In 2001, Go Fish debuted nationally on Inpop records with their debut record Infectious. While their sound wasn't exactly as the title might suggest, it was obvious the trio was talented. Bordering on a being a "boy band," their pop melodies were notable but weren't enough to really bring together a full album of memorable, addictive songs. With their sophomore effort Parade, Go Fish offers the next chapter in their musical venture.
Parade opens with an interesting yet misleading string arrangement before the bass-laden and funky pop sound of "Alright" enters in. Their sound is notably more upbeat than their last project but they still maintain the three-part harmonies and pop vocals. The humorous lyrics are an appreciated attempt, especially when they sing "Another boy band - not a chance," considering their harmonies and vocal style fall into that category. "Ask" opens with a promising rhythm before giving way to a 4Him-reminiscent radio pop tune. "Savior" begins in almost complete acapella before turning into a typical Boyz2Men brand Gospel-flavored sugar pop track (complete finger snaps). "That's How He Hurt His Hands" offers another misleading guitar intro while the title track begs to be pop/rock gem done best by Audio Adrenaline, Newsboys, Jars of Clay, or Mukala, but falls short of the more elite artists. However, "Parade" is one of the better tracks on the project nonetheless.
"Please Please Like Me" fakes out the listener once more with a more edgy rock intro that yearns to continue but regretfully disappears too quickly. The rhythm reappears for a simplistic chorus accompanied by thumping drums, turntable scratches, and of course the three-part harmony. I'm not sure how well all of this flows together, as I can understand where they're going, but the harmony just feels out of place among the pop/rock backdrop. "Piece of Heaven" picks up where "Savior" left off while the scratches and pop/rock of "Please Please" returns for "Perfect Love" and the sarcastic and funky "Chrome Fish" which features an appreciated bass groove. The highlight of the album is actually the untitled hidden track about a kid burning a lady bug with a magnifying glass. The lyrics are hilarious and the sound appropriate. Sadly, the gem runs a tad short and clocks in at just over 2 minutes.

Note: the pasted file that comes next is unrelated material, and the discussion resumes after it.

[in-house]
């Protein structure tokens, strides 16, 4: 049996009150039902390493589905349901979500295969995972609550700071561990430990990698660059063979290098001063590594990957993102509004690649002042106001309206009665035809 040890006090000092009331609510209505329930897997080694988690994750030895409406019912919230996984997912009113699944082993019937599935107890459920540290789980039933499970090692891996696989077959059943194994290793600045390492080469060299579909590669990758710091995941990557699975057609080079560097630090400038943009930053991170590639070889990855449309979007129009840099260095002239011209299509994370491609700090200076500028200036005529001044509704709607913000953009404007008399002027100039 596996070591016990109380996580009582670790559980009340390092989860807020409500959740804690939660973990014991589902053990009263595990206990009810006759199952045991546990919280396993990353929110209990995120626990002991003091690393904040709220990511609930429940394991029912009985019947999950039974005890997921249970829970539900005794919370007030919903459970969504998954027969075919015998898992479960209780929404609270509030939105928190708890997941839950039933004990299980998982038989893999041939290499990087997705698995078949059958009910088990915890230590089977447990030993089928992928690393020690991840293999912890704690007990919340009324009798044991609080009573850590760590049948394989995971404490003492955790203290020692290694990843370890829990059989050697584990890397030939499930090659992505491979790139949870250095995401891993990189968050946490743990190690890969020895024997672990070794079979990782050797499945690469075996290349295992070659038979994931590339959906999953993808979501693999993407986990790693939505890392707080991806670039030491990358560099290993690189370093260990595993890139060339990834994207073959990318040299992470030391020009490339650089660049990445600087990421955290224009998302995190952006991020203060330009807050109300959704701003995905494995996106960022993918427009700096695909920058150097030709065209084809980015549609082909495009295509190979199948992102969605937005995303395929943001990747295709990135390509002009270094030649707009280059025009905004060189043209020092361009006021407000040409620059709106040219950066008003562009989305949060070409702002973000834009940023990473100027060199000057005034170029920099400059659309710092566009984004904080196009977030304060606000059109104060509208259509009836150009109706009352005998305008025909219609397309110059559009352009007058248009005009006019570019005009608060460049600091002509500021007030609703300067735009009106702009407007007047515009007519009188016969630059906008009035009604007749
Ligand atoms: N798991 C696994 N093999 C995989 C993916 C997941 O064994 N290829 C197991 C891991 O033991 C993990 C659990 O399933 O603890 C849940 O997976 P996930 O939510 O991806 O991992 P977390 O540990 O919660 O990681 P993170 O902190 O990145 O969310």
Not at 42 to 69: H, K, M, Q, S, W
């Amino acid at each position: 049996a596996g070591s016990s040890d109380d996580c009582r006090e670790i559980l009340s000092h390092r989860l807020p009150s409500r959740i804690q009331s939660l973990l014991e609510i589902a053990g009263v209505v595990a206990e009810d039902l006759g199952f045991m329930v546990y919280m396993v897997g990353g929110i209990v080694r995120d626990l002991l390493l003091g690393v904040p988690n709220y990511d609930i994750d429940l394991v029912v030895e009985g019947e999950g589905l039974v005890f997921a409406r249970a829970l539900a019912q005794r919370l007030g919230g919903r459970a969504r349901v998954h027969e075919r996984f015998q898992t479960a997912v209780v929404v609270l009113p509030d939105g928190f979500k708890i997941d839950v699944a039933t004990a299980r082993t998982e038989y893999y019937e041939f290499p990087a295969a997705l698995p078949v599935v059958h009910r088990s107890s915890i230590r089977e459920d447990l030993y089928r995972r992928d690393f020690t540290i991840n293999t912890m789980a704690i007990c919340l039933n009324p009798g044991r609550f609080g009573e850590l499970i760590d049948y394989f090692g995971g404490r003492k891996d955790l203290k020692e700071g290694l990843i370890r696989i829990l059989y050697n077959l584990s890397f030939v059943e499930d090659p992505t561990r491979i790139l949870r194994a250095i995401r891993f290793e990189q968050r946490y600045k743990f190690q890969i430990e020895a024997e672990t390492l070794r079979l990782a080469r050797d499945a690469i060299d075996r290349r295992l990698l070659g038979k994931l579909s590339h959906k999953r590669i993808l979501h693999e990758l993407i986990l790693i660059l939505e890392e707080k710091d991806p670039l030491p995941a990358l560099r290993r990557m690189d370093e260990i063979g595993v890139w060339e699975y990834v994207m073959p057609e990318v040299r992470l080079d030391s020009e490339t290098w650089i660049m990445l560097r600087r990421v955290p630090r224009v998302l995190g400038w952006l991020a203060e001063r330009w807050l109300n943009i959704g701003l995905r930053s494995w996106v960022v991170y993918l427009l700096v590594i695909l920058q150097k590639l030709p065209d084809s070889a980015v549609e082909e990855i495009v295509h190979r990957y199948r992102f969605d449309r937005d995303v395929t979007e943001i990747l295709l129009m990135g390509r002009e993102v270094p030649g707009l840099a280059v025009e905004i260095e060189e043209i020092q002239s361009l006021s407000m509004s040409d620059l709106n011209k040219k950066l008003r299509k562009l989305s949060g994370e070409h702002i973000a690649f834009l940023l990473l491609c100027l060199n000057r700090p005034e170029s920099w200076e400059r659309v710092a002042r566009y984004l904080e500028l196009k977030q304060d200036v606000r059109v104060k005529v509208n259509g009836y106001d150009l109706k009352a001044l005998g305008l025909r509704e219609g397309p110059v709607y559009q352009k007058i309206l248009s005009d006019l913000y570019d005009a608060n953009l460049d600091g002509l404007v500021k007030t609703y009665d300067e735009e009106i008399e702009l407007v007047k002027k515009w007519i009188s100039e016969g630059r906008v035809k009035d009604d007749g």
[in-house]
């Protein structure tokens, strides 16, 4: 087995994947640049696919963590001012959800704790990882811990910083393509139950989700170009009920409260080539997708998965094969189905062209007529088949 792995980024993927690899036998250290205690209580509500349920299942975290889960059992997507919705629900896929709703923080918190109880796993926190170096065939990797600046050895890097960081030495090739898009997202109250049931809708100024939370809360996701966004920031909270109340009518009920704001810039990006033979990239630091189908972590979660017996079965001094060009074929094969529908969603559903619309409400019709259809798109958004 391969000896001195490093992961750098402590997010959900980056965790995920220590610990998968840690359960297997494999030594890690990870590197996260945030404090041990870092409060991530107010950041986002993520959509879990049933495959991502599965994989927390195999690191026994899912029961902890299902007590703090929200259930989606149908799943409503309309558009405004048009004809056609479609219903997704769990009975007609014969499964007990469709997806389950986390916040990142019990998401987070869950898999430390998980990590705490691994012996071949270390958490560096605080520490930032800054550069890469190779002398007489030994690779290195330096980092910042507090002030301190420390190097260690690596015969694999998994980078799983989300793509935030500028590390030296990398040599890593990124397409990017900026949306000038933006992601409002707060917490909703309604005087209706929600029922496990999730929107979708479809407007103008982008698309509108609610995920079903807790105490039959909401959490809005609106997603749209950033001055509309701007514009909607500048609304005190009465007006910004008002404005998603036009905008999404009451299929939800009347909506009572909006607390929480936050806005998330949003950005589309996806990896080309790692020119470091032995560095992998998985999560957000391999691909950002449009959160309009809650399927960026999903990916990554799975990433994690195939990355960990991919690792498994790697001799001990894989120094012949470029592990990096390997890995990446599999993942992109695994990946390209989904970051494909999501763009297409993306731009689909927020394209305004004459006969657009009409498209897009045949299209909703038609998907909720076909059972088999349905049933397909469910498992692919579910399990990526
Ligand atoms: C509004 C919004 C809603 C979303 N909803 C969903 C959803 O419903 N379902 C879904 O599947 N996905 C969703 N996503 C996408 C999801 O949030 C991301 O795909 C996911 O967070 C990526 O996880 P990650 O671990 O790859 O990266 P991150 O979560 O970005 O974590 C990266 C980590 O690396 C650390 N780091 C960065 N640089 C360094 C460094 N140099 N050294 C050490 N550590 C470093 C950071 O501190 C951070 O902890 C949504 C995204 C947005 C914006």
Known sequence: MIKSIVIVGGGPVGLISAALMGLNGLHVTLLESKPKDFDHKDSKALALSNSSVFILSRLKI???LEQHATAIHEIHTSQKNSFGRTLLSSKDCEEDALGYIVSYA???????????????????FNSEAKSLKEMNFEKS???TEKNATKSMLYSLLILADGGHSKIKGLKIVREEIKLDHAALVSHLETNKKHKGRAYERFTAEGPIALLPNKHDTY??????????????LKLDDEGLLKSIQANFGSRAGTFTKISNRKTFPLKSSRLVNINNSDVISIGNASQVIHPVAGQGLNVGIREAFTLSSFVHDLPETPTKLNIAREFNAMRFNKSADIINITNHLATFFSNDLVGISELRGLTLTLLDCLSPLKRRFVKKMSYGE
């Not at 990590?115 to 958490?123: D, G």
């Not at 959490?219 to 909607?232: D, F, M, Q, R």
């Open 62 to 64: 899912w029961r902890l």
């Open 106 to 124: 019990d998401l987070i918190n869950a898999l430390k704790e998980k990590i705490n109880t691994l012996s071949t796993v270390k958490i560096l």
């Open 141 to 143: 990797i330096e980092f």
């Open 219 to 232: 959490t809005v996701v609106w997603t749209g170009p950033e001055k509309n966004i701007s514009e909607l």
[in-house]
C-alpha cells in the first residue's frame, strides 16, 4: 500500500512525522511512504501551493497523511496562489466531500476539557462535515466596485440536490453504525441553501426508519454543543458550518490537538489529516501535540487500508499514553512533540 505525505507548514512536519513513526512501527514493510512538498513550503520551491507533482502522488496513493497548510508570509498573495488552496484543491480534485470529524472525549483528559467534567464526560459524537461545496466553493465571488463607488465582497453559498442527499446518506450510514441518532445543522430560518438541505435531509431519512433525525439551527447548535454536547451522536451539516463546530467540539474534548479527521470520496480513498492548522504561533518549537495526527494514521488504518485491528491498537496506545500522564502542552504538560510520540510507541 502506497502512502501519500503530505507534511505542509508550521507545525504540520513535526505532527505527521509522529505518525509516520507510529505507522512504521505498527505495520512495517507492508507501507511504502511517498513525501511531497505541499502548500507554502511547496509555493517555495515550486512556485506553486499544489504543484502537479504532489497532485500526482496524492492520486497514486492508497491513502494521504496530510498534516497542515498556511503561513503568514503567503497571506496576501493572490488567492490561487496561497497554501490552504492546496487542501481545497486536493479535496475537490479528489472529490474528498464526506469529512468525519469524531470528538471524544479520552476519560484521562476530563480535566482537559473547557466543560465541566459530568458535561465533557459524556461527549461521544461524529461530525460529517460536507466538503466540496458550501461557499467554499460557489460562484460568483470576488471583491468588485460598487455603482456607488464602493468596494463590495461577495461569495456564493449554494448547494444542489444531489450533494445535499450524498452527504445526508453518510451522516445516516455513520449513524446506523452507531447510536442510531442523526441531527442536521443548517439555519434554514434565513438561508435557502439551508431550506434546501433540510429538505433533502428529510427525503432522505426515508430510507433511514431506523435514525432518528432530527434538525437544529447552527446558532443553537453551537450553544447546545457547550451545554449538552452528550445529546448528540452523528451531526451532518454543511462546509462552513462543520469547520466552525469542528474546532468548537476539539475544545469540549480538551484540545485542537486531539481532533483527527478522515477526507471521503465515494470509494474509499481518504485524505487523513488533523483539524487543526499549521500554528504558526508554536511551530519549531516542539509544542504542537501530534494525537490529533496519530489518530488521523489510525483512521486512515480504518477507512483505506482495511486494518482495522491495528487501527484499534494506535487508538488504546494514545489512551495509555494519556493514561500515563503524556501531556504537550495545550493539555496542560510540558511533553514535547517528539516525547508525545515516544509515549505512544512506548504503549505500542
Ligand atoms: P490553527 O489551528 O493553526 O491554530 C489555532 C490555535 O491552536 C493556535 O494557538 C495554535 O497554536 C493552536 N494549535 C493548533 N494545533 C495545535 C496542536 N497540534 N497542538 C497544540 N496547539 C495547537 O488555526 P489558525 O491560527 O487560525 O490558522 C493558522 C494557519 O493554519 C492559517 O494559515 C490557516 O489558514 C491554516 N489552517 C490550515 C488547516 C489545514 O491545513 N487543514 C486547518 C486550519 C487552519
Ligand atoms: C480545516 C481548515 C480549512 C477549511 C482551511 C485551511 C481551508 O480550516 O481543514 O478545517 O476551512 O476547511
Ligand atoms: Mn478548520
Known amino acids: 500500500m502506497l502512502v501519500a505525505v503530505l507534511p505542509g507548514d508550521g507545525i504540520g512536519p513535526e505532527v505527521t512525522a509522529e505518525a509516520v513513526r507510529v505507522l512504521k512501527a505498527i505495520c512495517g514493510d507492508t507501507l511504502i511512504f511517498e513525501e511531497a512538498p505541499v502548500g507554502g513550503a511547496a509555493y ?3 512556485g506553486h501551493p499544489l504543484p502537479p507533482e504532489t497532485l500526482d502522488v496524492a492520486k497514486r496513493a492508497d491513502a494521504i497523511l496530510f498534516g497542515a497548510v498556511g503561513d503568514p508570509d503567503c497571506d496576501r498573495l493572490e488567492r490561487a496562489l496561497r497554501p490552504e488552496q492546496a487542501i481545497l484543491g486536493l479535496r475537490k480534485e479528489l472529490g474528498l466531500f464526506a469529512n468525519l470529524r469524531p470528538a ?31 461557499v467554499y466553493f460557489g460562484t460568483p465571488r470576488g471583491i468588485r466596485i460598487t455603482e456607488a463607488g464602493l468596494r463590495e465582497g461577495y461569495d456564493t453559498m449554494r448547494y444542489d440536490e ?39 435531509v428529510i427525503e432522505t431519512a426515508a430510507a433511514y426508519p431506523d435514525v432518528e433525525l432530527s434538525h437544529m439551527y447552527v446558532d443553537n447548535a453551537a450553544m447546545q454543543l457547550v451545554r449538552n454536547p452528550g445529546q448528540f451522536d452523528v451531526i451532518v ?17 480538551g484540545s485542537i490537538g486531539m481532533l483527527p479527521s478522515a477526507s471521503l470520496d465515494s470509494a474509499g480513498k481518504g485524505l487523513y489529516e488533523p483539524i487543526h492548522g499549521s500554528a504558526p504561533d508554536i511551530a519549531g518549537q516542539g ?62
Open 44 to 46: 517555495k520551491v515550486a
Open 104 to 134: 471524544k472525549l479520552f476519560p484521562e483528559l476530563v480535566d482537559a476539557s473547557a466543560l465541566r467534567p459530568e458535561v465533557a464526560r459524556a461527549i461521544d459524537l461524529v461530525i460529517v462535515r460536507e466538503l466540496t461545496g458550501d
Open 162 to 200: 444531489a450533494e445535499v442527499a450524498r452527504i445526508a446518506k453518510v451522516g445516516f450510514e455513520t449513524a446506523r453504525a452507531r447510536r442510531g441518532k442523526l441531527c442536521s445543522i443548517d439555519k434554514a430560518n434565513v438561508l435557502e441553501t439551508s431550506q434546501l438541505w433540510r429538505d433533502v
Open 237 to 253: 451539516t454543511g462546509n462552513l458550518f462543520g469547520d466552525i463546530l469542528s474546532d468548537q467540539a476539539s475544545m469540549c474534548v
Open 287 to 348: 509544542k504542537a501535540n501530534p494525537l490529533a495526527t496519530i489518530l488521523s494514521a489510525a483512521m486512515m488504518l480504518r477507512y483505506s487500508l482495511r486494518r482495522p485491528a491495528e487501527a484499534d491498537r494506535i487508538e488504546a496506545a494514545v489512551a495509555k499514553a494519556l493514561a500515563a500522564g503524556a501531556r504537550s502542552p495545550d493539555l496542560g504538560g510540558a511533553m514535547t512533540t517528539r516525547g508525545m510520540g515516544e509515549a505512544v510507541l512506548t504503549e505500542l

Parade is a decent pop album but tends to fall a little short in lyrical depth or complex arrangements. The styles are often schizophrenic and sometimes the experimentation doesn't work as well as it might have seemed. I'd definitely like to see more experimentation with their vocal styles, straying from the overplayed and redundant boy band sound. Until then, there's Parade.- Review date: 12/7/02, written by J.D.
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